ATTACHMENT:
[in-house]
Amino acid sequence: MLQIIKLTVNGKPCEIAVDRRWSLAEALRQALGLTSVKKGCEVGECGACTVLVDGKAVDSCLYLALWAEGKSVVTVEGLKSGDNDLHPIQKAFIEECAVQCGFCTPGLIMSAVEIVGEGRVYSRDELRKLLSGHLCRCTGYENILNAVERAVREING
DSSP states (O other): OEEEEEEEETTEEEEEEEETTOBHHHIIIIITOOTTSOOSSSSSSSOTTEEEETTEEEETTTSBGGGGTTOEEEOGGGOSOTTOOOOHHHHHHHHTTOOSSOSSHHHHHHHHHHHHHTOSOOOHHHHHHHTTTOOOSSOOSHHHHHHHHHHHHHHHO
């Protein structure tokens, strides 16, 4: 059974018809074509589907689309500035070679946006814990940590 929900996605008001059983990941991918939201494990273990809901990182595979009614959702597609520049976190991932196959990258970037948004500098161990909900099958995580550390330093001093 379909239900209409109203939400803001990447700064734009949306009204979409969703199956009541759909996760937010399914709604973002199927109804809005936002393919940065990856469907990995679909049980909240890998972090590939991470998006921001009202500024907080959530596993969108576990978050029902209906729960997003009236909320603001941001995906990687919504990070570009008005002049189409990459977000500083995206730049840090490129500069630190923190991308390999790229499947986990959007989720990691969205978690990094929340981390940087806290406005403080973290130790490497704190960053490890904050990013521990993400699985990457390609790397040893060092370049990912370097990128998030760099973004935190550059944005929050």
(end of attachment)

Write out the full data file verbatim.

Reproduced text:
[in-house]
Amino acid sequence: MLQIIKLTVNGKPCEIAVDRRWSLAEALRQALGLTSVKKGCEVGECGACTVLVDGKAVDSCLYLALWAEGKSVVTVEGLKSGDNDLHPIQKAFIEECAVQCGFCTPGLIMSAVEIVGEGRVYSRDELRKLLSGHLCRCTGYENILNAVERAVREING
DSSP states (O other): OEEEEEEEETTEEEEEEEETTOBHHHIIIIITOOTTSOOSSSSSSSOTTEEEETTEEEETTTSBGGGGTTOEEEOGGGOSOTTOOOOHHHHHHHHTTOOSSOSSHHHHHHHHHHHHHTOSOOOHHHHHHHTTTOOOSSOOSHHHHHHHHHHHHHHHO
């Protein structure tokens, strides 16, 4: 059974018809074509589907689309500035070679946006814990940590 929900996605008001059983990941991918939201494990273990809901990182595979009614959702597609520049976190991932196959990258970037948004500098161990909900099958995580550390330093001093 379909239900209409109203939400803001990447700064734009949306009204979409969703199956009541759909996760937010399914709604973002199927109804809005936002393919940065990856469907990995679909049980909240890998972090590939991470998006921001009202500024907080959530596993969108576990978050029902209906729960997003009236909320603001941001995906990687919504990070570009008005002049189409990459977000500083995206730049840090490129500069630190923190991308390999790229499947986990959007989720990691969205978690990094929340981390940087806290406005403080973290130790490497704190960053490890904050990013521990993400699985990457390609790397040893060092370049990912370097990128998030760099973004935190550059944005929050």